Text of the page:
Off the Beaten Path in London

off the beaten path in london

What to see after you’ve hit all the major tourist sites

{I’m so excited to have Richelle back with us today.  Richelle is currently living in London and is totally in love with her city.  Here she shares with us some great trips for our 2nd or 3rd trip to London.  I can’t wait to check out some of these parks and museums on my next trip.  Thanks so much, Richelle.}

London is a city of endless possibility. It’s the world’s most literary city (hello, Shakespeare and Charles Dickens), the most diverse in terms of cuisine, and home to some of the most significant cultural treasures in the world. Perhaps you’ve been to London a couple times and you’ve already checked off a few of the most amazing landmarks and sights. You’ve been to Big Ben and Parliament, have witnessed the Changing of the Guard at Buckingham Palace, have stood in awe of the Rosetta Stone at the British Museum, have marveled at Westminster Abbey, and have strolled through some of the loveliest areas in Central London, like St. James, Piccadilly, Mayfair, Soho, and Covent Garden.  And now you’re wondering what to do next. Fortunately, in a city as rewarding as London, you’re just getting started on experiencing all that this vibrant city has to offer! Here are a few of my picks for what to do after you’ve conquered the London Tourist Trail.  Here is London off the beaten path.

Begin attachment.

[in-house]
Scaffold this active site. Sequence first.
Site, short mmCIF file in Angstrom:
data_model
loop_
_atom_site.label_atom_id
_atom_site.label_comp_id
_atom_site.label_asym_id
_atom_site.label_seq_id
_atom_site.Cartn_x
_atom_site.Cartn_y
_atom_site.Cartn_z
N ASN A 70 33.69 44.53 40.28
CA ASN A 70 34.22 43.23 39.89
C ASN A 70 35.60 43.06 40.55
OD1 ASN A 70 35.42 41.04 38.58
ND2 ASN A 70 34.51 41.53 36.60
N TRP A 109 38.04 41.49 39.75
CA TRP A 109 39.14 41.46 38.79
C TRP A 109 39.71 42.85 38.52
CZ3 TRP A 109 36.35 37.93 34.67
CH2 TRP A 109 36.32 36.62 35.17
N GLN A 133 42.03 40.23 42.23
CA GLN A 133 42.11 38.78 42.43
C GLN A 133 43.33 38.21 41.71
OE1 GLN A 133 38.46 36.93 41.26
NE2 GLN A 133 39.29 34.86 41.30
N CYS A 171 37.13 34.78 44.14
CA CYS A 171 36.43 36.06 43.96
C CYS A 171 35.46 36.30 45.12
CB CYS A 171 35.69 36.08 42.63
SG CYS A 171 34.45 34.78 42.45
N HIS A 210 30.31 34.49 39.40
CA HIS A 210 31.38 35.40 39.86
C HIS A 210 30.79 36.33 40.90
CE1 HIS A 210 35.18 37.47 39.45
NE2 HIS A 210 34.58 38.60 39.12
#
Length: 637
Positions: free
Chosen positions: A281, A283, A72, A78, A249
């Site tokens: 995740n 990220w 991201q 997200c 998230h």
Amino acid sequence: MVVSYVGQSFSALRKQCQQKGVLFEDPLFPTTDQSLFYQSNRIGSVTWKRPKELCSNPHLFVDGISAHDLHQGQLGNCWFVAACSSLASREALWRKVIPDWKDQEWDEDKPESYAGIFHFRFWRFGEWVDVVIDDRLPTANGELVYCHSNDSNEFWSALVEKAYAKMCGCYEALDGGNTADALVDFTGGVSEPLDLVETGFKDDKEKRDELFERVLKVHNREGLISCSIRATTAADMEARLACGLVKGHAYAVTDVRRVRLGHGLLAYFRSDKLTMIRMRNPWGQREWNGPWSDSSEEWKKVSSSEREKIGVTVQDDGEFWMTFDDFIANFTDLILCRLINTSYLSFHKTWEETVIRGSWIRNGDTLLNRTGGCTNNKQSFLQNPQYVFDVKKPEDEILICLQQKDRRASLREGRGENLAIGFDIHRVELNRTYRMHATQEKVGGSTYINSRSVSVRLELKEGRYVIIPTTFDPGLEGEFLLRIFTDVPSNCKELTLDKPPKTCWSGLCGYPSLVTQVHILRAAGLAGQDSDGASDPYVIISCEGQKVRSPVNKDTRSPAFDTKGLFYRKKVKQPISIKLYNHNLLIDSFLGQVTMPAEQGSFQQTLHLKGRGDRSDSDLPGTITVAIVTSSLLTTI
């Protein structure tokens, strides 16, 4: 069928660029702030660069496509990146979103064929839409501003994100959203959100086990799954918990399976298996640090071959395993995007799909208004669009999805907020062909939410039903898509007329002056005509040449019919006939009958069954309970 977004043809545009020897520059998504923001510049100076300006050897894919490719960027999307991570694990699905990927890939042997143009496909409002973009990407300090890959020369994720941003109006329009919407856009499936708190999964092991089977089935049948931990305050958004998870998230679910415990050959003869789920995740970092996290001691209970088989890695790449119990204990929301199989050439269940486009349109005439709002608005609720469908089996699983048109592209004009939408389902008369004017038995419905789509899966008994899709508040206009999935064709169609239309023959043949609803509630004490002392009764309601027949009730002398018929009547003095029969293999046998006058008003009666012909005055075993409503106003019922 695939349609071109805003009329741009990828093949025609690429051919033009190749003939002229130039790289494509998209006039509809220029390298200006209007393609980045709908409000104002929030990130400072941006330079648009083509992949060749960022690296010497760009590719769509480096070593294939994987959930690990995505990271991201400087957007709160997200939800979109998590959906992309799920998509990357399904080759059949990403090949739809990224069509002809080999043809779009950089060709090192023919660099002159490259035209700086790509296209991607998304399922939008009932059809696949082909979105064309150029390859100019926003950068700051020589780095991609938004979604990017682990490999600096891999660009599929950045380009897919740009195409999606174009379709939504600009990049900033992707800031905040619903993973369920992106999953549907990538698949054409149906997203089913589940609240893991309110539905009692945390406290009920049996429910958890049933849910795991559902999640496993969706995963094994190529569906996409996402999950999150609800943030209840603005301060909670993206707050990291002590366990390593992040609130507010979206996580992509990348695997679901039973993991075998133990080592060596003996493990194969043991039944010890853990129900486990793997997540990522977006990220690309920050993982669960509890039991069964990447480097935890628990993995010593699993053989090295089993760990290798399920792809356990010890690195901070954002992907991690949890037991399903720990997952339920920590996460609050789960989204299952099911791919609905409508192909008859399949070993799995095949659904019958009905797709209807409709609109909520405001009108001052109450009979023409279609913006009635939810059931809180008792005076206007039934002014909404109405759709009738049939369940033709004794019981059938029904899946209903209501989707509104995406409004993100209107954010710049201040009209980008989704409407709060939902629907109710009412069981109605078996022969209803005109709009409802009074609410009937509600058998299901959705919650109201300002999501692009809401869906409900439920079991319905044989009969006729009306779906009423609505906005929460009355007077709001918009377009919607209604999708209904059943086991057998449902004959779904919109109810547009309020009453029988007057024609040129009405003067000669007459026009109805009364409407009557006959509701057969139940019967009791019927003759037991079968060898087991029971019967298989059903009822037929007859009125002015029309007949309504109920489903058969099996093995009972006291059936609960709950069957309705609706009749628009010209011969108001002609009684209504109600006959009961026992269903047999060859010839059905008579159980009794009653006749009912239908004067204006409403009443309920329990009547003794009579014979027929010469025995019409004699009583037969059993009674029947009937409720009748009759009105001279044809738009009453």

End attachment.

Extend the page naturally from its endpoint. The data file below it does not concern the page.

If you’ve been to the British Museum, National Gallery, or the British Library, how about exploring the Wallace Collection in Marylebone or the Sir John Soane Museum in Russell Square? Both of these smaller museums are free of charge and located in charming neighborhoods. The Wallace Collection is just a stone’s throw from the elegant Marylebone High Street and contains paintings by masters like Joshua Reynolds and pieces of armor dating back to the 14th century. It is also an incredibly elegant museum, so dress a tad smarter than you normally would on a standard sightseeing excursion.

The Sir John Soane Museum, on the other hand, is a highly unusual collection of antiquities from Greece, Rome, and Egypt that were picked up by the eponymous lord during his travels (back when it was ok to go home with a piece of art from the first century in your luggage!). While simply amazing, there can be queues and you’ll also need to put your handbag and other items in a clear plastic bag upon arrival, so it’s best to not enter after a massive shopping trip in Knightsbridge. This is a truly unique experience, though, and is not to be missed.

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If you’ve been to Hyde Park, Regent’s Park, or St. James’s Park, how about Holland Park, located in the uber-swish neighborhood of the same name? Holland Park is just one stop after Notting Hill Gate on the Central Line (Zone Two), but it feels a world away from the hustle and bustle of Central London. Be sure to stroll through the park of the same name until you come to the enchanting Kyoto Garden, which has a Zen-like tranquility about it, complete with free-range peacocks. After a little gambol through the park, continue on to the Leighton House Museum, another small collection of antiquities amassed by a wealthy, eccentric lord. This time, the flair is to the Middle East with the showcasing of a truly opulent domed ceiling. Yes, there is more to Holland Park than Maserati’s and mansions (though you will see plenty of both)!

London off the beaten path
Kyoto Garden